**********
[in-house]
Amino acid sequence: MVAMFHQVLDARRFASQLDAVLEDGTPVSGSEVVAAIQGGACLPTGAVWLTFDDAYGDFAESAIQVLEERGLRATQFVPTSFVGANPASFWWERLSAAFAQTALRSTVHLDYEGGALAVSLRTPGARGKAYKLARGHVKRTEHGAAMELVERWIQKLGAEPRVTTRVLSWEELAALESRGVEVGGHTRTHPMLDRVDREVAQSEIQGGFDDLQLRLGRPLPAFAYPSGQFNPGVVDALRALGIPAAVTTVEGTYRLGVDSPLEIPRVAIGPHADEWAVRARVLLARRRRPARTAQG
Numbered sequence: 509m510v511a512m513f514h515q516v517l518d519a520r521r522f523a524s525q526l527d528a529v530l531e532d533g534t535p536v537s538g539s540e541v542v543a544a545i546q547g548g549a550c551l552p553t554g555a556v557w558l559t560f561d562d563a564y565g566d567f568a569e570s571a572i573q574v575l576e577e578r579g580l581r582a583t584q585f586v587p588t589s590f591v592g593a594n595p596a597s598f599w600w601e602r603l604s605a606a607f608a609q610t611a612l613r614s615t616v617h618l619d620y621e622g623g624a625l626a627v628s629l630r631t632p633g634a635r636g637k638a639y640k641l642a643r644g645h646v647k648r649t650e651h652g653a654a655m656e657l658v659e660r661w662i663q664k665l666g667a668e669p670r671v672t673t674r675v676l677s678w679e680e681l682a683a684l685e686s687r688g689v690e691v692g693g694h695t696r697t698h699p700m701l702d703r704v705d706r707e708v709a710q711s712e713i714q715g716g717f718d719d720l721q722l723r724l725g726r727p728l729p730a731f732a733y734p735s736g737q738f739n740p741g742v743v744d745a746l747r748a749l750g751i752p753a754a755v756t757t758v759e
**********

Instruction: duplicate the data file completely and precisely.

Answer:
[in-house]
Amino acid sequence: MVAMFHQVLDARRFASQLDAVLEDGTPVSGSEVVAAIQGGACLPTGAVWLTFDDAYGDFAESAIQVLEERGLRATQFVPTSFVGANPASFWWERLSAAFAQTALRSTVHLDYEGGALAVSLRTPGARGKAYKLARGHVKRTEHGAAMELVERWIQKLGAEPRVTTRVLSWEELAALESRGVEVGGHTRTHPMLDRVDREVAQSEIQGGFDDLQLRLGRPLPAFAYPSGQFNPGVVDALRALGIPAAVTTVEGTYRLGVDSPLEIPRVAIGPHADEWAVRARVLLARRRRPARTAQG
Numbered sequence: 509m510v511a512m513f514h515q516v517l518d519a520r521r522f523a524s525q526l527d528a529v530l531e532d533g534t535p536v537s538g539s540e541v542v543a544a545i546q547g548g549a550c551l552p553t554g555a556v557w558l559t560f561d562d563a564y565g566d567f568a569e570s571a572i573q574v575l576e577e578r579g580l581r582a583t584q585f586v587p588t589s590f591v592g593a594n595p596a597s598f599w600w601e602r603l604s605a606a607f608a609q610t611a612l613r614s615t616v617h618l619d620y621e622g623g624a625l626a627v628s629l630r631t632p633g634a635r636g637k638a639y640k641l642a643r644g645h646v647k648r649t650e651h652g653a654a655m656e657l658v659e660r661w662i663q664k665l666g667a668e669p670r671v672t673t674r675v676l677s678w679e680e681l682a683a684l685e686s687r688g689v690e691v692g693g694h695t696r697t698h699p700m701l702d703r704v705d706r707e708v709a710q711s712e713i714q715g716g717f718d719d720l721q722l723r724l725g726r727p728l729p730a731f732a733y734p735s736g737q738f739n740p741g742v743v744d745a746l747r748a749l750g751i752p753a754a755v756t757t758v759e